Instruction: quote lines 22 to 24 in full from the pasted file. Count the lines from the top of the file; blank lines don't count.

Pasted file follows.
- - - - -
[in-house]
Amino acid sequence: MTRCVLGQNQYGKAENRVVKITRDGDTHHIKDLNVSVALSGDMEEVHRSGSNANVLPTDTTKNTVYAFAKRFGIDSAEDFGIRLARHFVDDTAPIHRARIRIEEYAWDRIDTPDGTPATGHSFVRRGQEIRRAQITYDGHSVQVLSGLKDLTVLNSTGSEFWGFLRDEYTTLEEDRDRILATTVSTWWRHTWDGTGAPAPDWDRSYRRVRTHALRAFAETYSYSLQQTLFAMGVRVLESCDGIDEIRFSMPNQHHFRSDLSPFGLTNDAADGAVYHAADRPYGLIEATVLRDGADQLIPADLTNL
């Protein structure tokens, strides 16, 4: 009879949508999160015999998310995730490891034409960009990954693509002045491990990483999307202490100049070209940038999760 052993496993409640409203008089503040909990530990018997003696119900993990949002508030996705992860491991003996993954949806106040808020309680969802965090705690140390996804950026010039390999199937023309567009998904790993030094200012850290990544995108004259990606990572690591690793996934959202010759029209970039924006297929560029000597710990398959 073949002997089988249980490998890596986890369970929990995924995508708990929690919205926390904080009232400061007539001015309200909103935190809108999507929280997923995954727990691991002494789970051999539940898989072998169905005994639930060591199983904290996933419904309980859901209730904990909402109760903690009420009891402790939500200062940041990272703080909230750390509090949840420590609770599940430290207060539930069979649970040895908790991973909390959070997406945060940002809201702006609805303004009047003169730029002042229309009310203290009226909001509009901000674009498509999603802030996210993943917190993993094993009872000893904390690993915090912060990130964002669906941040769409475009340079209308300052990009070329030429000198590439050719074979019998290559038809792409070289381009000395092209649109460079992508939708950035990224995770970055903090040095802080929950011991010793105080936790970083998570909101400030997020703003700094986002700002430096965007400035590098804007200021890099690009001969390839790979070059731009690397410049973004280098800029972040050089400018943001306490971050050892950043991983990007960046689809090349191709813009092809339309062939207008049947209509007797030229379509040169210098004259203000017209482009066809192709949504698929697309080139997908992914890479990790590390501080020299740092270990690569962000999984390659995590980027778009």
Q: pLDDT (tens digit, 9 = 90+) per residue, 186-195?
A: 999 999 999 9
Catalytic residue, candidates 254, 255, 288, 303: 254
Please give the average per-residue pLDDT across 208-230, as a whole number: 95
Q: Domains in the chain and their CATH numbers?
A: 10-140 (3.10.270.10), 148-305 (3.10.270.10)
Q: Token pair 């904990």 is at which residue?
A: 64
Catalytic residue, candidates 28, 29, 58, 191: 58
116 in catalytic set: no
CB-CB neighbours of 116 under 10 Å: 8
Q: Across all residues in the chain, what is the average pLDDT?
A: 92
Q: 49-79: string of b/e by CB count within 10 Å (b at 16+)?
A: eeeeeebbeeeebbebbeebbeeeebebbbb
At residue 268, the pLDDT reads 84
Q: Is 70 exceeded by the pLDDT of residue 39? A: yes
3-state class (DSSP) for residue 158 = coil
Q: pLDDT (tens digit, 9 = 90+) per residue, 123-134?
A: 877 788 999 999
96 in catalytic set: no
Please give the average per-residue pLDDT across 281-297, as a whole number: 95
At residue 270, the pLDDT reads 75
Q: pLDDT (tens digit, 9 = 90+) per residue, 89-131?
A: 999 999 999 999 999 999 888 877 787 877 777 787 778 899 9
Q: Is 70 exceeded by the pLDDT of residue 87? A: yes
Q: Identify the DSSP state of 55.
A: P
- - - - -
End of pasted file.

Q: pLDDT (tens digit, 9 = 90+) per residue, 123-134?
A: 877 788 999 999
96 in catalytic set: no